The lure of airing the film on PBS is of course the wide audience that the film can now reach. "It's a fascinating circle this week and you know now that film can reach someone at a young age, who is first discovering the theatre. The dream for independent film makers is to get on HBO, the edgy cable operator, but what if a kid doesn't have HBO? I feel like anyone with an old, beat-up 12 inch TV and a coat-hanger for an antenna should be able to see my movie and that is powerful to me, because face it if you just wanted to make money I'd be in Hollywood making sitcoms and made for TV movies, or reality TV."

Especially in its earlier days, making Broadway: The Golden Age was certainly a labor of love, making a product for a limited audience, and who better to comment on such a thing than Stephen Sondheim? "I asked Sondheim, 'what are we doing here? Are we crazy not to sell out where the money is,' and I asked him if it was tempting for him to write bad commercials or junk, shooting for the lowest common denominator? And he said 'you seem like an intelligent man Rick, but I think you don't understand. The people that write, what you call junk, that all of America, the lowest common denominator watches, don't think that they're writing junk. Everybody writes to the best of their ability, they just have something in common with the majority of people that watch TV, so they think, and are doing the best writing that they think they can do and it's what people want to see. When you try and write down to them, you're lousy at it, you can't do it. Those people aren't selling out.' That was a revelation for me - on one hand, it made me think I couldn't sell out even if I wanted to, I'd be lousy at it. The other side of me thought, if you're not going to sell out, I might as well do as well as I can with what I'm doing."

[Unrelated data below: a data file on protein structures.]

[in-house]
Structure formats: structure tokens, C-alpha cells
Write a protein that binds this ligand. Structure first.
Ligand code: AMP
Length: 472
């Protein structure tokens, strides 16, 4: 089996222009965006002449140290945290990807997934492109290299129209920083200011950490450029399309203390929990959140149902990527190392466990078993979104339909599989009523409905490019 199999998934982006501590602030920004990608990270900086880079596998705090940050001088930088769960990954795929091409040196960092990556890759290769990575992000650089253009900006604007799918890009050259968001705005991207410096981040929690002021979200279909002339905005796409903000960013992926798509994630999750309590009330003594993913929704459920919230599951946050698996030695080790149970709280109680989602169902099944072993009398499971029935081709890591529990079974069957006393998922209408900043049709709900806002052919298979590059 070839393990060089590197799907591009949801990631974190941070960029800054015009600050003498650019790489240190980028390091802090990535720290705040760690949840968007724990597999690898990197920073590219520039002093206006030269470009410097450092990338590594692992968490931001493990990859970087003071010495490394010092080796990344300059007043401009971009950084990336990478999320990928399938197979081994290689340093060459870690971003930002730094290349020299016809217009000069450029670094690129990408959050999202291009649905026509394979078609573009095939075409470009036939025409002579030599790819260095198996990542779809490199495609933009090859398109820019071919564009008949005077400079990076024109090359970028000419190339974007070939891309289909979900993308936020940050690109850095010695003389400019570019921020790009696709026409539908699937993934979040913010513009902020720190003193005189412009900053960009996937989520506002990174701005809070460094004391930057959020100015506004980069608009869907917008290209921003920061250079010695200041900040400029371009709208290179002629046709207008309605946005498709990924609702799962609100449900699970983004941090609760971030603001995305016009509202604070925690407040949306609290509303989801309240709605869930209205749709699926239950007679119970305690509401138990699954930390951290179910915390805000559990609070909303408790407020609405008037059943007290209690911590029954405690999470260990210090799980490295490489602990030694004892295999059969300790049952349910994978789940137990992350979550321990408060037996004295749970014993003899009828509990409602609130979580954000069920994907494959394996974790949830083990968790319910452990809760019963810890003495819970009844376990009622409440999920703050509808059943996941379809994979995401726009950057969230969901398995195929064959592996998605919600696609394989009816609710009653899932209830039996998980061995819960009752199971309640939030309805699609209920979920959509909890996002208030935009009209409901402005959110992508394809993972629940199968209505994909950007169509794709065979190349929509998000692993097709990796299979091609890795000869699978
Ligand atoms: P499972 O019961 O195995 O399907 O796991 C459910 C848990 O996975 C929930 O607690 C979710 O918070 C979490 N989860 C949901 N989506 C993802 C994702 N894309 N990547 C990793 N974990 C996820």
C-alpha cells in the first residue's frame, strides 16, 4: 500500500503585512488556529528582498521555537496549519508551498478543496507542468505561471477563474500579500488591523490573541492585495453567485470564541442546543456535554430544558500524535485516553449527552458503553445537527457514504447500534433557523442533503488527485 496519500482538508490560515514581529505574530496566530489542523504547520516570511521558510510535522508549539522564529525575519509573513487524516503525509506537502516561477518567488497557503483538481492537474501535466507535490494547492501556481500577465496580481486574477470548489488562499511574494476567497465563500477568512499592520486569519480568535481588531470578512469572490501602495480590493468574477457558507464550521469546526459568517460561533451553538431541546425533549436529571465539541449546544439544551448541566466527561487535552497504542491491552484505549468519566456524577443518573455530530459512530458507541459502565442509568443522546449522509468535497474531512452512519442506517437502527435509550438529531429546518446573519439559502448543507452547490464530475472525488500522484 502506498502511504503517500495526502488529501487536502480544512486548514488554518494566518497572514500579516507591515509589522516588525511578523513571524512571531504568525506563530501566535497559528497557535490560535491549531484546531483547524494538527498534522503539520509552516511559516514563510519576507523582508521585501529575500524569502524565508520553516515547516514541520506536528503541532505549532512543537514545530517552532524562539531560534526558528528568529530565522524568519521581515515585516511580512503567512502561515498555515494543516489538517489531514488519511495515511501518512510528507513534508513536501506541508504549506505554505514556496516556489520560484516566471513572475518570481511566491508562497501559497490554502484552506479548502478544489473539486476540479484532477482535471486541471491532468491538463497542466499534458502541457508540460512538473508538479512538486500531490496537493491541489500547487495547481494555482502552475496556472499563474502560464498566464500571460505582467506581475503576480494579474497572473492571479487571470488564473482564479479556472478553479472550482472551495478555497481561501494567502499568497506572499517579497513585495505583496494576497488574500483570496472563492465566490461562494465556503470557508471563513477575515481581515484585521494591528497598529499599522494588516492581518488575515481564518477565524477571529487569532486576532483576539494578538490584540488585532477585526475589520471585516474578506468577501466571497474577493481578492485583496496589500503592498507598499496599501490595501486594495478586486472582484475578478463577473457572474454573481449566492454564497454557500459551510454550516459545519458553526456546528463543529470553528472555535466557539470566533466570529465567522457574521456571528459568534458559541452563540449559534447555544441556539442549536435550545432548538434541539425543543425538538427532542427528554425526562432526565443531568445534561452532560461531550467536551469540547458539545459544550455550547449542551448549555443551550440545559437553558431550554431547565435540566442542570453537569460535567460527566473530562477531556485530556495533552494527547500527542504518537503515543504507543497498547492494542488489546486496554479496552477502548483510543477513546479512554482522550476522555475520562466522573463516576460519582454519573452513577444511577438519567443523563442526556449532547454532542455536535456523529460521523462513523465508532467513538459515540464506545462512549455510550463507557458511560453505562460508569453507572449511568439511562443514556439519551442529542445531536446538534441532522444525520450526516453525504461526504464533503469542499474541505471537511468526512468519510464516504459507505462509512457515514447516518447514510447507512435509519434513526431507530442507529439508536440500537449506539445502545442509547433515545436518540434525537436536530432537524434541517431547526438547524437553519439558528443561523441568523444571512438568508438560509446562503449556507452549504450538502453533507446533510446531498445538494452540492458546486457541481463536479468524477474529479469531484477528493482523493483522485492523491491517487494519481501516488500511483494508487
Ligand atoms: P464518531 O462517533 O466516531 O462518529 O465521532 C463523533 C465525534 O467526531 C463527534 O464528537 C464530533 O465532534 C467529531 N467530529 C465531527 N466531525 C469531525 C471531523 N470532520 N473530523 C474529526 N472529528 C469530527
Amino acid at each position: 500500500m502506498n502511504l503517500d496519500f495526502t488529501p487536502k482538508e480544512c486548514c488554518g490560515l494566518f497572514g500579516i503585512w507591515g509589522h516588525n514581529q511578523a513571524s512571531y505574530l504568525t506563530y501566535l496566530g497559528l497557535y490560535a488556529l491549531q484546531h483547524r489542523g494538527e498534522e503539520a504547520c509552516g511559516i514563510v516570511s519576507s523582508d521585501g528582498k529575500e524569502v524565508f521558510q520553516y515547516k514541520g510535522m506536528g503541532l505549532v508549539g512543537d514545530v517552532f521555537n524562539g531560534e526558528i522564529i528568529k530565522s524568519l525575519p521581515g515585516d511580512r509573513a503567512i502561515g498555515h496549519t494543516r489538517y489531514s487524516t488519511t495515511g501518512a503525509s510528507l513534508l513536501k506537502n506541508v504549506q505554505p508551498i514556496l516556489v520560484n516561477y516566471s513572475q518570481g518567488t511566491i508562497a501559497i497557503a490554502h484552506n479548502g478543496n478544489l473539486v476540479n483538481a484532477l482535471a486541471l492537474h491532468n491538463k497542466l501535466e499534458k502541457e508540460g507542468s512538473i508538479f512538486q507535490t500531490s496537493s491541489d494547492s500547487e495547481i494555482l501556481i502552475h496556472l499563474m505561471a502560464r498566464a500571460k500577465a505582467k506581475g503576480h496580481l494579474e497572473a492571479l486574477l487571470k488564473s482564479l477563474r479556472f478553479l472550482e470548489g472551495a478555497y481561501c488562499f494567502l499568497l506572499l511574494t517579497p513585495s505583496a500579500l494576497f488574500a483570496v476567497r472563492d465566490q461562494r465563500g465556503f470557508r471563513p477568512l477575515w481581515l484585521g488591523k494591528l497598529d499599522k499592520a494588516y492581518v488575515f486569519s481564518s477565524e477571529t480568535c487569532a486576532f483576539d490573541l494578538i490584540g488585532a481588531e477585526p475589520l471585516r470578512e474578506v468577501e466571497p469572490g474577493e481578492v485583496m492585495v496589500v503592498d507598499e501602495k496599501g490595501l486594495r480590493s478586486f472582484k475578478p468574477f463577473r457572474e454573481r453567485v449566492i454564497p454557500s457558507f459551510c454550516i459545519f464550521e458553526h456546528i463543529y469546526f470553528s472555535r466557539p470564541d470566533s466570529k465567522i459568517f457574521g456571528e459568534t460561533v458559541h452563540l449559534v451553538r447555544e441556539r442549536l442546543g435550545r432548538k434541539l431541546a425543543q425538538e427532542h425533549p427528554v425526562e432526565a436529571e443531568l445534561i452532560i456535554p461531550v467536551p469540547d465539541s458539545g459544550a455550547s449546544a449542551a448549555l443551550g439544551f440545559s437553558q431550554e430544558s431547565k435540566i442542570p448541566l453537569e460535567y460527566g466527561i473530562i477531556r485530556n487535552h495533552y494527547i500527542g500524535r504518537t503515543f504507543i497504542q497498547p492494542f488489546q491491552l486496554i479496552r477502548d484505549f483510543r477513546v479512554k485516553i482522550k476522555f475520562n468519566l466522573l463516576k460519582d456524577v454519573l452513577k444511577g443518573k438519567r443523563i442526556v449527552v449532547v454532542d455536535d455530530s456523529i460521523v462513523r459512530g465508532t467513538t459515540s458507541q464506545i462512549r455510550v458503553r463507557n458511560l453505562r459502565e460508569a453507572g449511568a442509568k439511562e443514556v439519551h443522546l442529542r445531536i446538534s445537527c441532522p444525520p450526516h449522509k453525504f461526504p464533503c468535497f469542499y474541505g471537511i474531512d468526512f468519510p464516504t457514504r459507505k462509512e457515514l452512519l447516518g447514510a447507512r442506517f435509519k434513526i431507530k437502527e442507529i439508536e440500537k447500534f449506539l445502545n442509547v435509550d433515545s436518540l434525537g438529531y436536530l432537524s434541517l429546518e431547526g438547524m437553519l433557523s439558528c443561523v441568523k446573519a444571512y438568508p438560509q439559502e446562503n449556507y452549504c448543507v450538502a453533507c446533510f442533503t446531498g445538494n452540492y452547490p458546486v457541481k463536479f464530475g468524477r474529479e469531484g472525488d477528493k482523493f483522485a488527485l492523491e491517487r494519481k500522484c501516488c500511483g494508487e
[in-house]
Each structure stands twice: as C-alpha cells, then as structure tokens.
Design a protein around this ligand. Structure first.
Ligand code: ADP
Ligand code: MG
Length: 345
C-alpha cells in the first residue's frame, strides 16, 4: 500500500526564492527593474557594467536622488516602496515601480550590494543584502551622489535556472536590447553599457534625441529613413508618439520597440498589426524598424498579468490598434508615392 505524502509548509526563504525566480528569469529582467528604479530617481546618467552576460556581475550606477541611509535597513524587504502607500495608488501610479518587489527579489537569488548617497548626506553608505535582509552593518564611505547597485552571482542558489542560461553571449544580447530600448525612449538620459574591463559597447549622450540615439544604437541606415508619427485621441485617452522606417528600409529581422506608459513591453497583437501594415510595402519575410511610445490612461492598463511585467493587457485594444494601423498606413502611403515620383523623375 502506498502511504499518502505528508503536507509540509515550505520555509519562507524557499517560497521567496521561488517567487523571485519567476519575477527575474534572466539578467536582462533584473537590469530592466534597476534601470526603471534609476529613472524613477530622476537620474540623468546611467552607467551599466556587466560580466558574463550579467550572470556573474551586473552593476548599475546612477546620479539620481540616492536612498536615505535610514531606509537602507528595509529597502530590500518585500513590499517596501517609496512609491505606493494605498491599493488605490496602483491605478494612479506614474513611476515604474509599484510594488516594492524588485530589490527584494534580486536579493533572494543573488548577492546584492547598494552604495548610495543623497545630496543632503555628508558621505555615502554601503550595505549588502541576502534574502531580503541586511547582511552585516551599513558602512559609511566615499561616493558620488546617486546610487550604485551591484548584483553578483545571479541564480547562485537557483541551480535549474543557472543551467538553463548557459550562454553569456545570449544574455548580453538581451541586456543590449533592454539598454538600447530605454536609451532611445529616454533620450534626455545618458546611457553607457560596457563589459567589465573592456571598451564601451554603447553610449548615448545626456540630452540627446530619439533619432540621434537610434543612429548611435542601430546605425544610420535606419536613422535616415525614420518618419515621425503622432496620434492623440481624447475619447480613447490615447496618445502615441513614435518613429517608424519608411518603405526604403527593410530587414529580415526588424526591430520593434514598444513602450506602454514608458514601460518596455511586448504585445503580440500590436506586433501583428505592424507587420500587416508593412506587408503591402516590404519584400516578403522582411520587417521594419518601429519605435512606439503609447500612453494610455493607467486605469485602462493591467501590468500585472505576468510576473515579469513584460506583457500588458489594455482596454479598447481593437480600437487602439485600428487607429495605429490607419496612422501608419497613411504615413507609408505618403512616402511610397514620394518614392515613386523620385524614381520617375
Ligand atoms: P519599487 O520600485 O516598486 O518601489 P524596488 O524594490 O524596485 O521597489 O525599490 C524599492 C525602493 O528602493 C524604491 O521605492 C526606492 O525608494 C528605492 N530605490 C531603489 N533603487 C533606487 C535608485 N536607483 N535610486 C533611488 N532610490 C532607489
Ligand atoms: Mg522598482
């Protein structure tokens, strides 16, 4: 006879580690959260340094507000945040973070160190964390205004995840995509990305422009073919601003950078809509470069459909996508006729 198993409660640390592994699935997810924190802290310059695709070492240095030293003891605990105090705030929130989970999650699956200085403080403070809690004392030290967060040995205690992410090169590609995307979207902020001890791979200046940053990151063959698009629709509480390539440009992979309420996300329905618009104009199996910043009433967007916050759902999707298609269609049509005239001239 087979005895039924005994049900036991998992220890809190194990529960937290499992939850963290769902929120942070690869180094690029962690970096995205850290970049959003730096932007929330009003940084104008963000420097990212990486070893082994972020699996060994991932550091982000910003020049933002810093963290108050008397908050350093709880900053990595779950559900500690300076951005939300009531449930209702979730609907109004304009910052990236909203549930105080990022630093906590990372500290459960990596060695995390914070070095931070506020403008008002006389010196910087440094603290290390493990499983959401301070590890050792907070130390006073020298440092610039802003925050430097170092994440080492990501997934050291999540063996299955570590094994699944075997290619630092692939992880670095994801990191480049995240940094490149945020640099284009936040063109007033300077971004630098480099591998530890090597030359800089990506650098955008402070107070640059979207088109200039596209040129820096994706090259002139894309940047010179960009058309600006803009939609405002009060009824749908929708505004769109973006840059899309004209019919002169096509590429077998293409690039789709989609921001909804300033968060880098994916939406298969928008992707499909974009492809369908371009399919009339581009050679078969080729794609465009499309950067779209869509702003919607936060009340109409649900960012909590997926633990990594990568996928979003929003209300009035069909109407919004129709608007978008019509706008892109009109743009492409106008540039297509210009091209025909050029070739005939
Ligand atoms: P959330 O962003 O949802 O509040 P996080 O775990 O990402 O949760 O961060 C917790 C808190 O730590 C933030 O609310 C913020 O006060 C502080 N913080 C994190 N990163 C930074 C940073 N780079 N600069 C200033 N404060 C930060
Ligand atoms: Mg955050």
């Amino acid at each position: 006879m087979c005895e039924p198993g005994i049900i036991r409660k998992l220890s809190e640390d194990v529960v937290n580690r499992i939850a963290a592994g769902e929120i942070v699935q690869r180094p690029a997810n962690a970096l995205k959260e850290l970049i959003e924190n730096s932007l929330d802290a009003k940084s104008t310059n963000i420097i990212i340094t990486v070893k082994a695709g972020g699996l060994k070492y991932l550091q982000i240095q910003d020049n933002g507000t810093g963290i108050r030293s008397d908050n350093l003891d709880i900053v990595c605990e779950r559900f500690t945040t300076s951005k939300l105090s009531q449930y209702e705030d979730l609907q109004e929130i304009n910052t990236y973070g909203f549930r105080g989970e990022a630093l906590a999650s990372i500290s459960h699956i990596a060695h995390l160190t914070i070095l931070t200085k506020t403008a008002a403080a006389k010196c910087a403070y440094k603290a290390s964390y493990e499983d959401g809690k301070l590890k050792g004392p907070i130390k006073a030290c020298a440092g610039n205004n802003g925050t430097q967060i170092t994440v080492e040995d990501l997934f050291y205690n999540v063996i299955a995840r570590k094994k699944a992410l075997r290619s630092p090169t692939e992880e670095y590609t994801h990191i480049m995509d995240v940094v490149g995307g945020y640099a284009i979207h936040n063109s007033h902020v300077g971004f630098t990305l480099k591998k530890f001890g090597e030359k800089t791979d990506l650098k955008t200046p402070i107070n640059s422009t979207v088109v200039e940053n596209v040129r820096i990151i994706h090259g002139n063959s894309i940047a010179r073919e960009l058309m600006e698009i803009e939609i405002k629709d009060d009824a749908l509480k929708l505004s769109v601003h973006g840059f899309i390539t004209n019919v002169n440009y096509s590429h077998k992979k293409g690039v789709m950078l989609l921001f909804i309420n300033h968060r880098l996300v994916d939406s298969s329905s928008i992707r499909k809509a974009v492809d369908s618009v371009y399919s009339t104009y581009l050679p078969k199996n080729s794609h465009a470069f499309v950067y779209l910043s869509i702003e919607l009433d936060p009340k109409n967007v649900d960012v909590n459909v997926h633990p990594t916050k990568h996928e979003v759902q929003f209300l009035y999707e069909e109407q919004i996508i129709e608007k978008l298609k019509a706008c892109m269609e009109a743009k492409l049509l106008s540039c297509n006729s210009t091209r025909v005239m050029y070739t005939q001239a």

Audiences reacted both emotionally and passionately to the first film during its theatrical and DVD releases, and McKay traveled the country hosting Q&As at screenings, and garnering as much local press as he could for it. "I remember that in Chicago there were lines around the block for the theatre when I came to do a Q&A, and I found that to be amazing. In Atlanta it was the same, also Denver. In San Francisco it was great, because by then it had been 'dumped.' The theatres had booked it, but the distributor had left their job and gone somewhere else, so the movie was just out there as a loose wheel, but the theatres were booked. I just started calling theaters myself, and asking if they wanted me out there to do a Q&A and I'd stay in a cheap motel and would fly myself out. I'd be talking to ushers basically on the phone, who would ask me if I wanted to do the 6pm and 8pm, and I'd say I'll do every showing, and they said 'are you crazy, no one ever does that.' I'd say 'true, but I'm there, I'm not coming to Washington DC to tour the White House!' So, I'd do them all, and then theatres would start calling me to ask 'is it true that you'd really come and do a Q&A?' And I'd always say yes, I'll come and I'll do it all day, and they won't believe it. Often, I'd have to go and grab an usher and ask him to tell people who were going to leave during the credits that they might want to stay because we have a surprise guest appearance for you today by the director, and the usher would say 'Oh, yeah I'll do it, but it doesn't matter because they never leave. We don't have time to sweep your theater because no one leaves during the credits. Boy, that's really irritating' And I thought 'ooh, that's good', and they say 'why do I have to stand and tell people?' I'd say 'as director, I shouldn't be the one to ask people to stay, that's pathetic. If people have to go to the bathroom then, they get embarrassed - let me out!'"